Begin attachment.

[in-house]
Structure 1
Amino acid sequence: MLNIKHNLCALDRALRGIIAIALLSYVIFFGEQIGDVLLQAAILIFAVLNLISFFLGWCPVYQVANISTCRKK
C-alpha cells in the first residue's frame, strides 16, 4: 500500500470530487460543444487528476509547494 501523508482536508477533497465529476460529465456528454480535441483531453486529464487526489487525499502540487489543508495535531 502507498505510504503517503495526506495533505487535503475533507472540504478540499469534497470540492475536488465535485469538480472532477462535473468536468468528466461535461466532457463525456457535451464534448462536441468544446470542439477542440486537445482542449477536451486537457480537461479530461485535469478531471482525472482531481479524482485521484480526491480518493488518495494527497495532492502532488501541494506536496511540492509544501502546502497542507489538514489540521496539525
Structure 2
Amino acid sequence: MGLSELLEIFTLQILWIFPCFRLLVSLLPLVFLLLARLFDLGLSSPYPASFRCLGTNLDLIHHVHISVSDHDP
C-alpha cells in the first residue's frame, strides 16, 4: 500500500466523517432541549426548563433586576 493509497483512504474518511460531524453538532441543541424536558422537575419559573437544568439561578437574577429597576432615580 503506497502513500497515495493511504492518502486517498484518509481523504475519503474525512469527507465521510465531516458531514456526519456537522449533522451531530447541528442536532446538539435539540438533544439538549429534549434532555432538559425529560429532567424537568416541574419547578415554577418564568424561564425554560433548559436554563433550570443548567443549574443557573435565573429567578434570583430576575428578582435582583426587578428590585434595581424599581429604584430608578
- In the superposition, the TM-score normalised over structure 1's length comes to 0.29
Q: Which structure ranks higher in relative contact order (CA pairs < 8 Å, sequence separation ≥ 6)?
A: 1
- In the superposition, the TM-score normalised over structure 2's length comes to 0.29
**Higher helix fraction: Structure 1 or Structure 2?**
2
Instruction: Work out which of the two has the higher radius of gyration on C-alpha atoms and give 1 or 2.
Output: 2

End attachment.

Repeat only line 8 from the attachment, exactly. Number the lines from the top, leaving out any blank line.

- In the superposition, the TM-score normalised over structure 1's length comes to 0.29